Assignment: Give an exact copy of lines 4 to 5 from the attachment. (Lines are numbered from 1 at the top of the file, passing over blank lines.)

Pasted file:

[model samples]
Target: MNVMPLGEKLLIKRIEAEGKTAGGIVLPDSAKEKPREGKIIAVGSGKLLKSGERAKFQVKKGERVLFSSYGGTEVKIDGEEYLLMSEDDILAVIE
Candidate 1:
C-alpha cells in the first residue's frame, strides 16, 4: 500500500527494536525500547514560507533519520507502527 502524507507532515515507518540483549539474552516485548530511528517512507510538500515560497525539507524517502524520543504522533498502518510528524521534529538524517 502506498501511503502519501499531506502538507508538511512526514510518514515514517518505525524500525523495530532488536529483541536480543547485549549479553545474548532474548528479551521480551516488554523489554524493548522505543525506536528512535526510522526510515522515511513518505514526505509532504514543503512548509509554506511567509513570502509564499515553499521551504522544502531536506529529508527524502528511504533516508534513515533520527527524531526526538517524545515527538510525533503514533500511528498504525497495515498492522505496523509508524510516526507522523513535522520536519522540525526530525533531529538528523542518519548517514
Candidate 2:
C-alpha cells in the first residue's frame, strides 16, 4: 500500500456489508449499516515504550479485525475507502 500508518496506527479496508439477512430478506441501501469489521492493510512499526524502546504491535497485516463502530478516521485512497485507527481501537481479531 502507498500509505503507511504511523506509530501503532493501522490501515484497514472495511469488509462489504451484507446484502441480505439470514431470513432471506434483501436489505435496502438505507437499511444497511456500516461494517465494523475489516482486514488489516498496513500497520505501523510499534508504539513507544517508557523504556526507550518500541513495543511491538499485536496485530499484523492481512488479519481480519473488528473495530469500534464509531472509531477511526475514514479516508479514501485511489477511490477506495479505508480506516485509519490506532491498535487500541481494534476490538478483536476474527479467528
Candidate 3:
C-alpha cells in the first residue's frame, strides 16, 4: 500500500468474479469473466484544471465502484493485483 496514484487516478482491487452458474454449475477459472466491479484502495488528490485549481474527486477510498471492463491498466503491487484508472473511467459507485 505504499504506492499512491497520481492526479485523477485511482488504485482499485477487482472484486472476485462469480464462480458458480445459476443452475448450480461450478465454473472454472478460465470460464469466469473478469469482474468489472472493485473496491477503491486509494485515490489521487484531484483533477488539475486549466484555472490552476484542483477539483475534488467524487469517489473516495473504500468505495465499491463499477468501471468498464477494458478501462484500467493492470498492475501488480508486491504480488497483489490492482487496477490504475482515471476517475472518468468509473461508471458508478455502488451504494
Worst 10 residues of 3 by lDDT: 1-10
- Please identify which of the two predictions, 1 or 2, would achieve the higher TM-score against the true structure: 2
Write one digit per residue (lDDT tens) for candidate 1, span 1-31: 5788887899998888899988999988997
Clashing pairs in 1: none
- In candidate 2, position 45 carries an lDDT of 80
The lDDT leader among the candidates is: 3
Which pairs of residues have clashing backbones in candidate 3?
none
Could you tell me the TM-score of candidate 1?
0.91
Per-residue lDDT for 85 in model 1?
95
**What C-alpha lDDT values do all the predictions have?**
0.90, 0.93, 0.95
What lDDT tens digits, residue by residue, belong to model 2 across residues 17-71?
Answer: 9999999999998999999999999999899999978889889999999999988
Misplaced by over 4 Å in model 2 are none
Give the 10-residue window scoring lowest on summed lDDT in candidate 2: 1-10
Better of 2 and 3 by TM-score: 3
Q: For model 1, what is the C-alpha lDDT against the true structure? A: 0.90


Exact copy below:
C-alpha cells in the first residue's frame, strides 16, 4: 500500500527494536525500547514560507533519520507502527 502524507507532515515507518540483549539474552516485548530511528517512507510538500515560497525539507524517502524520543504522533498502518510528524521534529538524517 502506498501511503502519501499531506502538507508538511512526514510518514515514517518505525524500525523495530532488536529483541536480543547485549549479553545474548532474548528479551521480551516488554523489554524493548522505543525506536528512535526510522526510515522515511513518505514526505509532504514543503512548509509554506511567509513570502509564499515553499521551504522544502531536506529529508527524502528511504533516508534513515533520527527524531526526538517524545515527538510525533503514533500511528498504525497495515498492522505496523509508524510516526507522523513535522520536519522540525526530525533531529538528523542518519548517514
Candidate 2: